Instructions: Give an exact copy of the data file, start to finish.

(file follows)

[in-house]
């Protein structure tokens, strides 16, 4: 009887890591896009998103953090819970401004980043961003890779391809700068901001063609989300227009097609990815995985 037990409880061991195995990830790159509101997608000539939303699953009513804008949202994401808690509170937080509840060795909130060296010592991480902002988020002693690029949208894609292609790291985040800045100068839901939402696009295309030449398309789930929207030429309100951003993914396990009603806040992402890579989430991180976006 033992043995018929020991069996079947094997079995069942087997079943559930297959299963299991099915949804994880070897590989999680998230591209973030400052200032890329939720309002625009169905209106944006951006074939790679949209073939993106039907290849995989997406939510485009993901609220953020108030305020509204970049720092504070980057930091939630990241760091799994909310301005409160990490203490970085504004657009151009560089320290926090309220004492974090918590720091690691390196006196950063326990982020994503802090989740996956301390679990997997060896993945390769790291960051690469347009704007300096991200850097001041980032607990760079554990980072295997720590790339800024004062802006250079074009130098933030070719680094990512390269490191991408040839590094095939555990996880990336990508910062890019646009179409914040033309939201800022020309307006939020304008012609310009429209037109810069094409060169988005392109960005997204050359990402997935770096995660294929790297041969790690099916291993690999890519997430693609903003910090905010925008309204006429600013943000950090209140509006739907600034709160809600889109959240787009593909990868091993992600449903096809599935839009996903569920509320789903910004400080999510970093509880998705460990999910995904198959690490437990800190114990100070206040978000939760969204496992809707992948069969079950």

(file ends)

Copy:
[in-house]
């Protein structure tokens, strides 16, 4: 009887890591896009998103953090819970401004980043961003890779391809700068901001063609989300227009097609990815995985 037990409880061991195995990830790159509101997608000539939303699953009513804008949202994401808690509170937080509840060795909130060296010592991480902002988020002693690029949208894609292609790291985040800045100068839901939402696009295309030449398309789930929207030429309100951003993914396990009603806040992402890579989430991180976006 033992043995018929020991069996079947094997079995069942087997079943559930297959299963299991099915949804994880070897590989999680998230591209973030400052200032890329939720309002625009169905209106944006951006074939790679949209073939993106039907290849995989997406939510485009993901609220953020108030305020509204970049720092504070980057930091939630990241760091799994909310301005409160990490203490970085504004657009151009560089320290926090309220004492974090918590720091690691390196006196950063326990982020994503802090989740996956301390679990997997060896993945390769790291960051690469347009704007300096991200850097001041980032607990760079554990980072295997720590790339800024004062802006250079074009130098933030070719680094990512390269490191991408040839590094095939555990996880990336990508910062890019646009179409914040033309939201800022020309307006939020304008012609310009429209037109810069094409060169988005392109960005997204050359990402997935770096995660294929790297041969790690099916291993690999890519997430693609903003910090905010925008309204006429600013943000950090209140509006739907600034709160809600889109959240787009593909990868091993992600449903096809599935839009996903569920509320789903910004400080999510970093509880998705460990999910995904198959690490437990800190114990100070206040978000939760969204496992809707992948069969079950």